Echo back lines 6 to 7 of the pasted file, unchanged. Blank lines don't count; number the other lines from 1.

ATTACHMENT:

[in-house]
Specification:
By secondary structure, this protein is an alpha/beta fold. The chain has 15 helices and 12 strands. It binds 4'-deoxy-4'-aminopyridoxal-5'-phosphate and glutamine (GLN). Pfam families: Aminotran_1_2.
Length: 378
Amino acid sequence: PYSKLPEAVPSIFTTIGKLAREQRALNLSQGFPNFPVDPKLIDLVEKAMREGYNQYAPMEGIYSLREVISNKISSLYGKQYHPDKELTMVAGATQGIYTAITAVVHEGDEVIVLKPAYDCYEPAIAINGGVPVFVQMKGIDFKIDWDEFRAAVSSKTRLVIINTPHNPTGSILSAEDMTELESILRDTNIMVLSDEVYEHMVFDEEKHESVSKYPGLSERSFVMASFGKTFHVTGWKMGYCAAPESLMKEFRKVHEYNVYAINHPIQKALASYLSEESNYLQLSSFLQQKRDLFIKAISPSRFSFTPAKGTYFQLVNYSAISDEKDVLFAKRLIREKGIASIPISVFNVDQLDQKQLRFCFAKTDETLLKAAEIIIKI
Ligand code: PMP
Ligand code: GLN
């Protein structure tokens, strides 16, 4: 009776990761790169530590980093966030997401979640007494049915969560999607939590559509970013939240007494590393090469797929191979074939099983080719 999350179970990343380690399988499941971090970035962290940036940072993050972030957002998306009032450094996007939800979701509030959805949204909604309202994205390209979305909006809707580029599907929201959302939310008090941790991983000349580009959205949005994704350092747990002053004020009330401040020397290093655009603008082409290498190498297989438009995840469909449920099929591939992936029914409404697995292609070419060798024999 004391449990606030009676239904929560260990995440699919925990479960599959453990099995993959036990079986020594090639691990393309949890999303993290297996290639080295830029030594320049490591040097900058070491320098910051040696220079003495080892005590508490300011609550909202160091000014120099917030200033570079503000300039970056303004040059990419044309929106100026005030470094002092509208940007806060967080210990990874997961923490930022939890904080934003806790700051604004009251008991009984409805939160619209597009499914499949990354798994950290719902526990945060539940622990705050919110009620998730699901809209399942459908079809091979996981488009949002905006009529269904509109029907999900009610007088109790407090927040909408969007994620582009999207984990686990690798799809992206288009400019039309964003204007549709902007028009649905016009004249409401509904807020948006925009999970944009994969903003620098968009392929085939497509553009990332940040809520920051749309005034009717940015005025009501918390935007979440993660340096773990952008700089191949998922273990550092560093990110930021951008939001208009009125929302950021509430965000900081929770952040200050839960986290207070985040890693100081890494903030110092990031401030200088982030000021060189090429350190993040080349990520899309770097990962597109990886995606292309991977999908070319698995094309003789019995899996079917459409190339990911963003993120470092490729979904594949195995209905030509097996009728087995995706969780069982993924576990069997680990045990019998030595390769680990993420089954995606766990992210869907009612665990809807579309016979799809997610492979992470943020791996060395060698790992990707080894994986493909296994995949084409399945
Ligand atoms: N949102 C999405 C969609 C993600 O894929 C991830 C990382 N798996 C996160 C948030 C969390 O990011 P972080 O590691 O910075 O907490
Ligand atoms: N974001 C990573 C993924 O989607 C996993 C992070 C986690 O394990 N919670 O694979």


Ligand code: PMP
Ligand code: GLN